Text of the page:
4 ENGL-117 Integrated College Reading and Writing Development 5 units SC 90 hours lecture per term Recommended: ENGL-096 and ENGL-098 or equivalents Note: This course is equivalent to the completion of ENGL-116 and ENGL-118 or ESL-117A. Only one of ENGL-116, 117, 118 or ESL-117A may be applied to the units required for the associate degree. This course provides an integrated approach to reading and writing for those students who have assessed into both ENGL-116 and 118. It provides the necessary preparation for ENGL-122. Students will prepare for college-level work; develop and improve their critical reading, writing, and thinking skills; and improve their vocabulary and study skills. Students will actively engage with their peers, study and practice the ways reading and writing inform each other, and learn ways to interact with, appreciate, and comprehend the texts they read. Students will read a variety of texts and complete both formal and informal writing assignments connected to these readings. The central focus throughout the course will be on the integration and synthesis of reading and writing. ENGL-118 College Writing Development Recommended: ENGL-098 or reading/writing assessment process or equivalent Note: Only one of ENGL-116, 117, 118 or ESL-117A may be applied to the units required for the associate degree. This course helps students to improve their expression of ideas in college-level expository essays. Through continual writing practice, students will improve their skills in observation, fluency, organization, and revision, as well as other parts of the writing process. Students will learn to analyze a variety of texts with an emphasis on nonfiction. ENGL-122 Freshman English: Composition and Reading 3 units LR Prerequisite: Reading/writing assessment process or ENGL-116 and ENGL-118 or ENGL-117 or ESL-117A or equivalent This course engages students regularly in the writing and reading process with a substantial amount of college-level reading. Students will apply disciplined thought to language in order to comprehend and analyze college-level readings and to compose college-level essays that are coherent, detailed, and free of serious error. In their essays, students will use a variety of types of support including primary and secondary research. Students will employ varied rhetorical strategies used by accomplished writers. C-ID ENGL 100, ENGL-123 Critical Thinking: Composition and Literature 3 units LR ENGL-123 is a continuation of ENGL-122 emphasizing the study of poetry, fiction, and drama. The course is designed to encourage continued improvement in essay composition through a focus on critical thinking about literary works. The course will increase understanding of the creation of aesthetic meaning and the use of symbolic forms in language and thought; and introduce students to several literary genres in the context of culture. C-ID ENGL 120, CSU, UC ENGL-124 The Nature of Language: An Introduction to Linguistics This course introduces students to the study of formal, psychological and socio/cultural properties of language. Students will learn the analysis, description, and functions of language in relation to culture, society, and personality. ENGL-126 Critical Thinking: The Shaping of Meaning in Language 3 units LR This course will focus on the development of logical reasoning, analysis of primarily expository and persuasive texts, and analytical and argumentative writing skills. It is designed to develop critical thinking, reading, and writing skills beyond the level expected in ENGL-122. This course will concentrate on how expository texts make their arguments as demonstrated through higher levels of critical thinking such as analysis, synthesis and evaluation. C-ID ENGL 105, ENGL-140 Tutor Training This course introduces students to the basic principles and methods of tutoring, including but not limited to the tutoring sequence, the Socratic method of questioning, communication skills, and learning theory. Students will receive instruction on how to work with tutees who have difficulties comprehending reading, developing writing and utilizing study skills with the intent of making those tutees independent learners. CSU PROGRAM AND COURSE DESCRIPTIONS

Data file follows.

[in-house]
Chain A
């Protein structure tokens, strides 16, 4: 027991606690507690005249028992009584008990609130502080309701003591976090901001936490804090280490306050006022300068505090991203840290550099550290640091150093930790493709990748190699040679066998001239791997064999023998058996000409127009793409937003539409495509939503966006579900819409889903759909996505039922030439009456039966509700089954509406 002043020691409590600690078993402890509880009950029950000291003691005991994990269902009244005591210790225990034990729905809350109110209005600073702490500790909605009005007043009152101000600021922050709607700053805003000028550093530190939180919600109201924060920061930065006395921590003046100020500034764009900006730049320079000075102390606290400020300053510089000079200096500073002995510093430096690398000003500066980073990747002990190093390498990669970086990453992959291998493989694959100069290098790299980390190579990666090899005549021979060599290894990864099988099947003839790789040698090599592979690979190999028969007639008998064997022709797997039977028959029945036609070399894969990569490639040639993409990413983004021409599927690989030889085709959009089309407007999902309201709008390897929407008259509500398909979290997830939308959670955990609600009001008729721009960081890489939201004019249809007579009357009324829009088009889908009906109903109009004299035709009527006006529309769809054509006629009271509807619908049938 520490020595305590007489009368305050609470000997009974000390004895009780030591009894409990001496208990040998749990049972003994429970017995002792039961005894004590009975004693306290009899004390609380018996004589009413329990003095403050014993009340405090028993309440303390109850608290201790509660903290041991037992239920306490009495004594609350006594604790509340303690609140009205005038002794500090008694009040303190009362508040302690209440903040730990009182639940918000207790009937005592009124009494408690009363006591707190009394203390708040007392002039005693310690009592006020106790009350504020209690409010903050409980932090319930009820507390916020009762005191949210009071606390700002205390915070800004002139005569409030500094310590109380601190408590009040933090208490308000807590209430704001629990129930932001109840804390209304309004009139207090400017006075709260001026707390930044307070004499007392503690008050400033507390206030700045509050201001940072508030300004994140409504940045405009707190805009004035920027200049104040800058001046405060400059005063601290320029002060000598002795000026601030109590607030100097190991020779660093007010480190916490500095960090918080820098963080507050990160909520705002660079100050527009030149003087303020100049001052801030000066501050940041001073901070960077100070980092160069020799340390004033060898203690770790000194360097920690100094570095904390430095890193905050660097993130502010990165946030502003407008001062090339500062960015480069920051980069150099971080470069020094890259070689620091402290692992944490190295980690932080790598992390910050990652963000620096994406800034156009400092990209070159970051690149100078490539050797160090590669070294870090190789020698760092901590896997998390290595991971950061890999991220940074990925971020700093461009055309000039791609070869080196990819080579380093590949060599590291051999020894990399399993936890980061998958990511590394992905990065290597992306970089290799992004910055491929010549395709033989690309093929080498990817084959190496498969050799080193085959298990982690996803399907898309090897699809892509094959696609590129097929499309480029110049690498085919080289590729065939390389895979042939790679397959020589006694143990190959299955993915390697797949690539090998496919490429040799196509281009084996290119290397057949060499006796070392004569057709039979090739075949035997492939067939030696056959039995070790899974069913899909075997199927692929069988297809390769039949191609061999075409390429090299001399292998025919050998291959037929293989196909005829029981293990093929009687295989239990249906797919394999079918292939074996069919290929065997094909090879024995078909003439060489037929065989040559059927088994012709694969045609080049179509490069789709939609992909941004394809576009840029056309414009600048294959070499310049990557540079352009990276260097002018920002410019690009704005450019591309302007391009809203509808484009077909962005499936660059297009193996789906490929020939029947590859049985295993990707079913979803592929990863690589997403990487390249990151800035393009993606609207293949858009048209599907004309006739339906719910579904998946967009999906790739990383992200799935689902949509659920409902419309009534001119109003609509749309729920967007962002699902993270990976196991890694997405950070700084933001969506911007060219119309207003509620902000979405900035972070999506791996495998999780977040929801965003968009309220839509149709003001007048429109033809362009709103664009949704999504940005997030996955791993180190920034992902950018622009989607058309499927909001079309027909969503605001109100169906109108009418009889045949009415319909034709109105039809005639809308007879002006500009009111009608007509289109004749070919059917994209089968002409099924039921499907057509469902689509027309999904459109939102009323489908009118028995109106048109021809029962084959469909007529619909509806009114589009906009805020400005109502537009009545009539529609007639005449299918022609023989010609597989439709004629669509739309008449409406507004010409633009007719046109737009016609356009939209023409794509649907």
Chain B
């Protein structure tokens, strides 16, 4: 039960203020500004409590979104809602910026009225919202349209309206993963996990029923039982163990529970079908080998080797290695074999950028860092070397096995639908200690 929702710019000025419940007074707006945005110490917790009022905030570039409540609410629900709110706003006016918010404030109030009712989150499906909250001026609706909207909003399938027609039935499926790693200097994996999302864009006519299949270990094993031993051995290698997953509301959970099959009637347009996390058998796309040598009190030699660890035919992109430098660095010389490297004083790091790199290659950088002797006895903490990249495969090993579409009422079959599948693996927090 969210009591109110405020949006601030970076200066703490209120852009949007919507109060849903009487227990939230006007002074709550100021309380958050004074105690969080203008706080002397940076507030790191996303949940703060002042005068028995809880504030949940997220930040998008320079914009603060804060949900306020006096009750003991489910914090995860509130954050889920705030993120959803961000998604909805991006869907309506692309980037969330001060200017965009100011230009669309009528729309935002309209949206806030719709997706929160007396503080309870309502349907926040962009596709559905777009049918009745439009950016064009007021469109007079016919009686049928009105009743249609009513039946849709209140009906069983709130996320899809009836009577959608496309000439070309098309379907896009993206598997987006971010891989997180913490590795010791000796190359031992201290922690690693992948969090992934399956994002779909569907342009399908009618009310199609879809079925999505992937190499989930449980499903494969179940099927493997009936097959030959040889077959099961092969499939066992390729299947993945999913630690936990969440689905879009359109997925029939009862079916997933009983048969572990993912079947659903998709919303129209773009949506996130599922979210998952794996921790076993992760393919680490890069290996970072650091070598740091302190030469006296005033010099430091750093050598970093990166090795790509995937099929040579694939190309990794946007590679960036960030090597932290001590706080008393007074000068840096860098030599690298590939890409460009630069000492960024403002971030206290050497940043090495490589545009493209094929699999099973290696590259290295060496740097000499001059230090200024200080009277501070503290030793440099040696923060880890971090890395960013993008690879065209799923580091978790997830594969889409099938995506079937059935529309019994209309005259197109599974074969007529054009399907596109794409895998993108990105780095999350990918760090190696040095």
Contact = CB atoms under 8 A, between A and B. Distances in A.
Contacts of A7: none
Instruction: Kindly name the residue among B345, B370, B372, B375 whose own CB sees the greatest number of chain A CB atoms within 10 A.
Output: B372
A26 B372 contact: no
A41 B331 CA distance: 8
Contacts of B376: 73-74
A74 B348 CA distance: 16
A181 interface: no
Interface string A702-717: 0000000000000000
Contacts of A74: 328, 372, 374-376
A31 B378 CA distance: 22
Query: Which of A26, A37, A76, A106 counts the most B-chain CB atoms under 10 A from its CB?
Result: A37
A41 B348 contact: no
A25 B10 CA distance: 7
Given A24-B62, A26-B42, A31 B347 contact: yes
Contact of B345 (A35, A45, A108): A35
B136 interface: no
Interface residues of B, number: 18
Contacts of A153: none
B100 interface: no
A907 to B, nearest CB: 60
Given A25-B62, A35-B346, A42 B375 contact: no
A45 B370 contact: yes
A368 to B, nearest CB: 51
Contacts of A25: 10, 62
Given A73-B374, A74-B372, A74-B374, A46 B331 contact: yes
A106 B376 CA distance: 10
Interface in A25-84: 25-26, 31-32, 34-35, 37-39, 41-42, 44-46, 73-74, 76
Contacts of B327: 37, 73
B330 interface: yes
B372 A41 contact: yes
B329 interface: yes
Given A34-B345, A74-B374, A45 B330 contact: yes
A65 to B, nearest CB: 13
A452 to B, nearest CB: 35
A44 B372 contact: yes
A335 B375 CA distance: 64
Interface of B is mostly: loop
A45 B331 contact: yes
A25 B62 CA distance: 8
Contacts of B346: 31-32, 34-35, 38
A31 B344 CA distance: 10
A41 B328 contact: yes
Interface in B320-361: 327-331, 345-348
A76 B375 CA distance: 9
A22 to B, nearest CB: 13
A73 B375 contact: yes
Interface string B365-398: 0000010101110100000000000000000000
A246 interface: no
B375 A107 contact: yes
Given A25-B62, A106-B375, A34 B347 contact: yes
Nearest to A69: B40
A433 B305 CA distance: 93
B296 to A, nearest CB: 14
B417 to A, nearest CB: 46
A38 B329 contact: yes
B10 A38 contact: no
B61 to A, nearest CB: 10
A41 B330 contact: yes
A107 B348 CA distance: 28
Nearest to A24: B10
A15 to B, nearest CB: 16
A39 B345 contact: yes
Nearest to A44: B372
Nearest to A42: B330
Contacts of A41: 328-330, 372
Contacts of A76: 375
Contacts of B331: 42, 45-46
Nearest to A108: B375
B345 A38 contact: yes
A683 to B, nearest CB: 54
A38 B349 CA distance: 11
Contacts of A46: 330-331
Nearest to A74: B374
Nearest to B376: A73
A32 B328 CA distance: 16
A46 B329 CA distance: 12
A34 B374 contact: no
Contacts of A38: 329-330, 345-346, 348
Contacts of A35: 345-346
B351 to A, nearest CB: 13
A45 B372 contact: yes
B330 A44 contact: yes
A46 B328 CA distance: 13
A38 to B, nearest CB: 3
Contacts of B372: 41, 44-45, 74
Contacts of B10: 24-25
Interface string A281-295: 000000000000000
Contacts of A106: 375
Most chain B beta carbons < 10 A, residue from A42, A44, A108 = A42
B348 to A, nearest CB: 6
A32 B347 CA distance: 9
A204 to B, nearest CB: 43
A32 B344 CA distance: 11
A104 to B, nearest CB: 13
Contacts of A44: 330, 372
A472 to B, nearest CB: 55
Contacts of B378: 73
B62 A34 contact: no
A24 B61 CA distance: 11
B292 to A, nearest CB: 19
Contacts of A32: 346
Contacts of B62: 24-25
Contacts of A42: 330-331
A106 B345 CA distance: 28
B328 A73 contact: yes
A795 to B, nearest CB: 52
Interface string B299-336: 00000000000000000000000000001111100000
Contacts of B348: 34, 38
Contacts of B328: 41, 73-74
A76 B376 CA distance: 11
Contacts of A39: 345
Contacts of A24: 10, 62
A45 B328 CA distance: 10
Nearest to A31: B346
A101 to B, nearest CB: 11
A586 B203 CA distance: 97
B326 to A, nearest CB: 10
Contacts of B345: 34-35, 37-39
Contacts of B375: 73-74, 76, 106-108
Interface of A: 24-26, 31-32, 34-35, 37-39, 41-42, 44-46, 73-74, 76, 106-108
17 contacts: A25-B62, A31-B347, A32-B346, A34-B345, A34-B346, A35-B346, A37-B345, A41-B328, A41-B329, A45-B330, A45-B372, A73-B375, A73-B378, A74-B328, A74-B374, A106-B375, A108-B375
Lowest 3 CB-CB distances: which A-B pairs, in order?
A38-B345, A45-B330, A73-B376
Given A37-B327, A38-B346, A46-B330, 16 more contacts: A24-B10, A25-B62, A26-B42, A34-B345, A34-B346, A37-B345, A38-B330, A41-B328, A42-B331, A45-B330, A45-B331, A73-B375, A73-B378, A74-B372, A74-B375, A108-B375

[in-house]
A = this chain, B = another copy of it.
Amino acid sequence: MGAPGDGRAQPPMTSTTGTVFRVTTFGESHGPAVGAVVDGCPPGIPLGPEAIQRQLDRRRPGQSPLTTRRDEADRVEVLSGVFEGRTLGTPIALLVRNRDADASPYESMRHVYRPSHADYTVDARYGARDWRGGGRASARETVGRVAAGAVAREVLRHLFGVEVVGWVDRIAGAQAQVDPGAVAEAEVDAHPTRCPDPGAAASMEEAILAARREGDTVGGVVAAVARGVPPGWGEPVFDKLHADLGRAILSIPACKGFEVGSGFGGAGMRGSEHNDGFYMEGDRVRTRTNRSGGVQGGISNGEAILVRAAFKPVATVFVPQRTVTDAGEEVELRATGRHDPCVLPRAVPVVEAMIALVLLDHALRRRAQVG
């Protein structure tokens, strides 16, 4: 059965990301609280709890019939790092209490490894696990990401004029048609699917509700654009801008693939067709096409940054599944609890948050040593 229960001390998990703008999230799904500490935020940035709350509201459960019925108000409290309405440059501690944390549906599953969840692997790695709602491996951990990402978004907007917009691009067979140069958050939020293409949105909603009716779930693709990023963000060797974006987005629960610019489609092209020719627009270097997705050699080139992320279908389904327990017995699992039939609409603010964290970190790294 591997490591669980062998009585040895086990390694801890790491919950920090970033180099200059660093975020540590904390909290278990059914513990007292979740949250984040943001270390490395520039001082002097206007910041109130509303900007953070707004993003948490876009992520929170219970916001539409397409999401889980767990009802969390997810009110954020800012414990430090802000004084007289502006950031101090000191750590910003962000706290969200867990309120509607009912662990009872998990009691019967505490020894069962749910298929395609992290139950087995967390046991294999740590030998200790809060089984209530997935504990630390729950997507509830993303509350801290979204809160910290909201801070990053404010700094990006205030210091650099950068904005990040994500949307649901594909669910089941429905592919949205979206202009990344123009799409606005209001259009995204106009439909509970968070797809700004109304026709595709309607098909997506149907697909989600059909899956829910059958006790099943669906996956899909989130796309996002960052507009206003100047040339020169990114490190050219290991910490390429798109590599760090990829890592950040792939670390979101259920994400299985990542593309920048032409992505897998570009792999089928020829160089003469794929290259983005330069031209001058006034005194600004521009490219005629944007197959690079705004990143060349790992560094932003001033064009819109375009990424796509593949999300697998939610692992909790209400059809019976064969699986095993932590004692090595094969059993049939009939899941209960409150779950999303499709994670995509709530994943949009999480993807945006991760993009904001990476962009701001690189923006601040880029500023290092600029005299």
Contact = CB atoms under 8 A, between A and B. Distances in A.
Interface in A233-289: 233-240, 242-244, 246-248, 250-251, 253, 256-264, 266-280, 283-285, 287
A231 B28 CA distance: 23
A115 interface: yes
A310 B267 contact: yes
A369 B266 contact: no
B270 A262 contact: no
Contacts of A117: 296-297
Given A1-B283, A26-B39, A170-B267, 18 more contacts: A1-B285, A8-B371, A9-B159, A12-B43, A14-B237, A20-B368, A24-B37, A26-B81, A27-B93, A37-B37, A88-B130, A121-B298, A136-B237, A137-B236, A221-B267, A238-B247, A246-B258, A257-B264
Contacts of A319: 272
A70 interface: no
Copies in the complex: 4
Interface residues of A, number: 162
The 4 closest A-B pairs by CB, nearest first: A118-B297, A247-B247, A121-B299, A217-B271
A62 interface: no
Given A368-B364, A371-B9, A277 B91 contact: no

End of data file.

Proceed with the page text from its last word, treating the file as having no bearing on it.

5 ENGL-150 Introduction to Literature This course will focus on representative works from the four major genres of literature (poetry, drama, the short story, and the novel). This course will teach students to recognize the distinguishing elements of each literary form and develop competency in the methods used to analyze all literature. The choice of texts will reflect the historical development of these genres in order to enhance students appreciation of the extent to which imaginative literature reflects its historical moment and is shaped by expressive and visual arts of the time. ENGL-151 The Short Story This course is an introduction to the short story: themes, forms, history of the form, individual writer s techniques. Students read and discuss short stories and become more independent critics of them. In addition, students in the course will examine a variety of critical approaches to literature, understand the significance of these perspectives, and apply this information in order to develop a deeper understanding of the text. ENGL-152 The Short Film This survey course explores the history, nature, and structure of the short narrative, documentary, and experimental film. The course compares and contrasts literature to film, noting how each medium deals with theme and structure. Many films from the DVC collection, including some showing the lives and stories of members of American subcultures and cultures around the world, along with new releases from major short-films distributors, will be viewed, discussed and written about. (credit limits may apply to UC - see counselor) ENGL-153 Contemporary Poetry This course focuses on the reading, critical study, critical analysis, and discussion of contemporary poetry. Postmodern American poetry is emphasized, although consideration will also be given to contemporary world poetry and other poetry written in English. Earlier traditions, such as modernism, will be briefly discussed. Historical, social, cultural, and psychological contexts will be provided. Consideration will be given to the forms, functions, and definitions of the poetry studied. Students should reach a heightened awareness and understanding of language and artistic excellence. ENGL-154 Shakespeare and His World This course will focus on the language, structure, characterization, and philosophy of Shakespeare s plays. The historical, social, and artistic forces, which helped to shape his works during the Elizabethan and Jacobean ages, will be discussed. The relationship between Shakespeare s work as literature and as performing art, experienced in theater, film, opera, or television will be examined. ENGL-155 Topics in English.5- Variable hours A supplemental course in English to provide a study of current concepts and problems in English and related substantive areas. Specific topics will be announced in the schedule of classes. CSU ENGL-162 Language, Literature and Culture Recommended: Eligibility for ENGL-116/118 or equivalent This course examines language, literature and the arts from a multi-cultural context. Students will read stories, drama, poetry and essays that reflect a broad range of cultural view points; they will observe and analyze relevant print and visual media; and they will compare and consider such artistic forms as architecture, music, fashion and painting in the context of compared cultures. Attention will be devoted to understanding the linguistic or attitudinal challenges posed by cross-cultural communication. The course will be helpful to American-born students seeking a wider cultural perspective and to International students and other advanced ESL students in their acculturation and language development efforts. ENGL-163 Asian American Literature This course introduces students to a variety of literary works from the Asian American culture, which are significant in illuminating the Asian American cultural experience. Readings are chosen for their literary, historical, cultural, philosophical and psychological importance. ENGL-164 Native American Literatures This course presents the literary traditions and cultures of Native Americans, and through the study of various oral and written literary works (such as songs, myths, folktales, oratories, autobiographies, films, plays, poetry and prose) will examine issues important to Native peoples, such as cultural identity, language, self-determination. PROGRAM AND COURSE DESCRIPTIONS